Gujarat Travel Guide

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Geography Of Gir

kamleshwar_dam

The Gir National Park is a vast forested belt with its topography consisting in evergreen and semi-evergreen flora, rough jungle, acacia grasslands, rocky hills, untouched hills, valleys, marshlands, plateaus and more. Parks eastern side is concealed by dry and deciduous trees. Rest of the park consists wild woods interspersed by lush hilly grasslands separated by rocky, steeped canyon like gap. The northern side of the park is predominated by scrub land. 

Geography of Gir has 7 major perennial rivers named Hiran, Shetrunji, Datardi, Shingoda, Machhundri, Godavri, and Raval. The area has four reservoirs at four dams, one each on Hiran, Machhundri, Raval, and Shingoda rivers. The biggest reservoir in the area is the Kamleshwar Dam also known as the lifeline of Gir.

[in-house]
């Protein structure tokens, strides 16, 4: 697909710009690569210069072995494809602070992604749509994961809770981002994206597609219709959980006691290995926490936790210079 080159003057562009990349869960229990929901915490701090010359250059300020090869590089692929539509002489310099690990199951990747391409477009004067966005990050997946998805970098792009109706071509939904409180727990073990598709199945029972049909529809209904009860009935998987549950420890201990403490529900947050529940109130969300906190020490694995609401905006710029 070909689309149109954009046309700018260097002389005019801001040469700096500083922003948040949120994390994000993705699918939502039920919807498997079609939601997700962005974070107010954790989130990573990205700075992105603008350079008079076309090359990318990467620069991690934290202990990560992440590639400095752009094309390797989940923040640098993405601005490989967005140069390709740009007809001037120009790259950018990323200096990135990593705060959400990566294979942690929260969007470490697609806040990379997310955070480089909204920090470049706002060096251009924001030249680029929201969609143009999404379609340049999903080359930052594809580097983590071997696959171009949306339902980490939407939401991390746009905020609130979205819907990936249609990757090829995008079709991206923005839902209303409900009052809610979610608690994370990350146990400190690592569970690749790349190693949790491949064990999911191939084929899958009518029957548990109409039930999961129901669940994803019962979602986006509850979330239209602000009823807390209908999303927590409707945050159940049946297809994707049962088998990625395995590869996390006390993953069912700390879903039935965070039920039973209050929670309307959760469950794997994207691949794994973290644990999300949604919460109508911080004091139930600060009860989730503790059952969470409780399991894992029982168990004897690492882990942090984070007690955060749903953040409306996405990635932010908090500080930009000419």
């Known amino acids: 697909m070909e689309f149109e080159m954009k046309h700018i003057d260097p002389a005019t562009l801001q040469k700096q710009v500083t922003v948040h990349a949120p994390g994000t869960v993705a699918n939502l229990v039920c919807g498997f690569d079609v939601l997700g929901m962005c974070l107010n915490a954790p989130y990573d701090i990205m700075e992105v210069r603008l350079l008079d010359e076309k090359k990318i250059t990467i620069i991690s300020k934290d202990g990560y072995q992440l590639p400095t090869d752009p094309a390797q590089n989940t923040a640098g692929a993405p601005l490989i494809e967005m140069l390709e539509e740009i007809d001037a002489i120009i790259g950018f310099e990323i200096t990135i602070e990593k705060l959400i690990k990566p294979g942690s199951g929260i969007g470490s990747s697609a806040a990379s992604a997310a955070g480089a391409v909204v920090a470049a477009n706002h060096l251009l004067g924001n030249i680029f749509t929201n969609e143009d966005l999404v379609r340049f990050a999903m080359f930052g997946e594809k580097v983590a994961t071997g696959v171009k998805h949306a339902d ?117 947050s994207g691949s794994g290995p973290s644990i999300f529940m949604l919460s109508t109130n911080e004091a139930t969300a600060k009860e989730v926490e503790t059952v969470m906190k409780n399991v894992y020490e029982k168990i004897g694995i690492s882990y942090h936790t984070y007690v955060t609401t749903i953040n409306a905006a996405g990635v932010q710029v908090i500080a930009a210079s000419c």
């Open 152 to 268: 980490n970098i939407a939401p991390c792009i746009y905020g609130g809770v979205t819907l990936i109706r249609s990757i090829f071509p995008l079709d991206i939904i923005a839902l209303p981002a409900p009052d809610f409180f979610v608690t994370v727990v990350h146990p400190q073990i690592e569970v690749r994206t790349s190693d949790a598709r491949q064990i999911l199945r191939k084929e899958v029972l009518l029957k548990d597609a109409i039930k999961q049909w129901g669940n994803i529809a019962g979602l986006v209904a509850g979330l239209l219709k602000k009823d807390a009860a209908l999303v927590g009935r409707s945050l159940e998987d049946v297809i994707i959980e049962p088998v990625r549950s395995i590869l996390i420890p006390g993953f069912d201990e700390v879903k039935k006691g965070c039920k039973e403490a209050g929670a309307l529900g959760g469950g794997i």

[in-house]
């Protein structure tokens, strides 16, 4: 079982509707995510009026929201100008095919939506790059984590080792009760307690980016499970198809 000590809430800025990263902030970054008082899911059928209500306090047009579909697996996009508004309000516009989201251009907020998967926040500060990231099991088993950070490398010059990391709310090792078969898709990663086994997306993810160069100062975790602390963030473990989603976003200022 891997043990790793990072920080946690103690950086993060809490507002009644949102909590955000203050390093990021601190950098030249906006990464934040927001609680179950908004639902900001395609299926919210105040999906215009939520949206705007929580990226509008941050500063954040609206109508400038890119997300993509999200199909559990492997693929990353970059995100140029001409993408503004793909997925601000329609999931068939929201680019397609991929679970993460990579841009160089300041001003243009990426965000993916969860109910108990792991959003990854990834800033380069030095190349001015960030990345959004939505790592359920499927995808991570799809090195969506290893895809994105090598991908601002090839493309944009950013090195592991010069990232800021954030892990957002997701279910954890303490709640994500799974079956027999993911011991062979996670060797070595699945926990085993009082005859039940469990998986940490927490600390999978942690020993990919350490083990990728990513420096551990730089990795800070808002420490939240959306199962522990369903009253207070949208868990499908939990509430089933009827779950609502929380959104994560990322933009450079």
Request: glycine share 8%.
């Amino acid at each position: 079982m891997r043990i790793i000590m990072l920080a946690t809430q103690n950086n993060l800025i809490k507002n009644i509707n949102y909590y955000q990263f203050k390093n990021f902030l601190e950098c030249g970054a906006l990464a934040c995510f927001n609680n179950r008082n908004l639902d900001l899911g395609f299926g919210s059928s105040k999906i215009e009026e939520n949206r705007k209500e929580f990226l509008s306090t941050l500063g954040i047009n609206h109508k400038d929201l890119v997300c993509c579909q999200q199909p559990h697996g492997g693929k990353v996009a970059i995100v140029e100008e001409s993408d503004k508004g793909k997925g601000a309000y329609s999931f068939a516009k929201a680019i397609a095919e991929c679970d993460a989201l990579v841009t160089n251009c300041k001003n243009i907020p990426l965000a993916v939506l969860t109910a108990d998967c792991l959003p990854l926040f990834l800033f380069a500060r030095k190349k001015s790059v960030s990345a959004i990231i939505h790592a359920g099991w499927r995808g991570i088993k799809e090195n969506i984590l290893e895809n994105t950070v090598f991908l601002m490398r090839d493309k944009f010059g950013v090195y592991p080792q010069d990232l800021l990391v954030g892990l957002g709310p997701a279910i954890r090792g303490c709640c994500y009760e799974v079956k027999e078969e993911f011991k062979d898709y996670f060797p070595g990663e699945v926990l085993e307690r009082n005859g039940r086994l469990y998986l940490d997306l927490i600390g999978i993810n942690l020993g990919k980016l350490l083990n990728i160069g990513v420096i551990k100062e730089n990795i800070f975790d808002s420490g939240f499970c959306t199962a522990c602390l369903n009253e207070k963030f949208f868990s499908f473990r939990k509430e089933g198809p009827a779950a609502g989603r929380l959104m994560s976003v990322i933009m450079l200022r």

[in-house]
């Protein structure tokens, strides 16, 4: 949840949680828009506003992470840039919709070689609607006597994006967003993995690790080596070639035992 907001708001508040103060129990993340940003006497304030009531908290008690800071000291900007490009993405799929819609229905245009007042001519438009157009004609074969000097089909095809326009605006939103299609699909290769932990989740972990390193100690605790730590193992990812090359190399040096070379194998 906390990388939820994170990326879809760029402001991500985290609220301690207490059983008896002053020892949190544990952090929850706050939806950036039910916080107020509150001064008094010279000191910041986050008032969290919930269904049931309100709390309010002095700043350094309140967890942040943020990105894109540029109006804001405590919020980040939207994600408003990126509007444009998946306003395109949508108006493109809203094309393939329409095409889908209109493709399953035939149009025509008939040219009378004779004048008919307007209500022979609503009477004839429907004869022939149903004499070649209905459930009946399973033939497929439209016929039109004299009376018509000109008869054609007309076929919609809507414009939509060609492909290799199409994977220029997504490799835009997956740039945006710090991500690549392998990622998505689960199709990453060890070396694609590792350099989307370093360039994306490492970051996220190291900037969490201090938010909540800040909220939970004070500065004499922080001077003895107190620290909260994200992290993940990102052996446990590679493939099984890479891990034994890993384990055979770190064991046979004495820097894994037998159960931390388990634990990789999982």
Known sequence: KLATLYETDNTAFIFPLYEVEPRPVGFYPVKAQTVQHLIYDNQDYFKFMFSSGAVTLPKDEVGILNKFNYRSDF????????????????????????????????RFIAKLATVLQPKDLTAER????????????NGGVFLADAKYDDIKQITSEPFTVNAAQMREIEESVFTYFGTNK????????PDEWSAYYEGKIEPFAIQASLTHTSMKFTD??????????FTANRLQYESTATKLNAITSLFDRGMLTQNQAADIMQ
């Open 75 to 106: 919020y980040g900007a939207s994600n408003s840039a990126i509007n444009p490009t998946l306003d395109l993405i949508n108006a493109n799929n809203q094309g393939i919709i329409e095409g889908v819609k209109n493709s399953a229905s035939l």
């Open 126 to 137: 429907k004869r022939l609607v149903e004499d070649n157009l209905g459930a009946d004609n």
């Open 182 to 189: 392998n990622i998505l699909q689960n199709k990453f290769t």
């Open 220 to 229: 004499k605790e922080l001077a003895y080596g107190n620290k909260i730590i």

In proper summer season, water for wild animals is available in surface of land at about 300 different points.  In eastern part of the sanctuary drought is an issue due to poor rainfall when water is not available at majority of the waterpoints. Ensuring water check in peak summer is one of the major responsibilities of Forest Department Staff. 

In the survey of Gir Forest more than 400 plant species were recorded by Samtapau & Raizada in 1955. According to the botany department of M. S. University of Baroda there are 507 species of plants during their survey. 

More green areas are mostly in the eastern portion of the forest, which consumes nearly half of the total area. Numerous species of acacia are also found. Broadleaf trees provide cool shade and moisture content to the area. 

The forest is a significant biological research area with considerable scientific, educational, aesthetic and recreational values. It serves approximately 5 million kilograms of green grass by annual harvesting which costs approximately Rs. 500 million. The forests also provides nearly 123,000 metric tons worth of fuel wood yearly.

 

 

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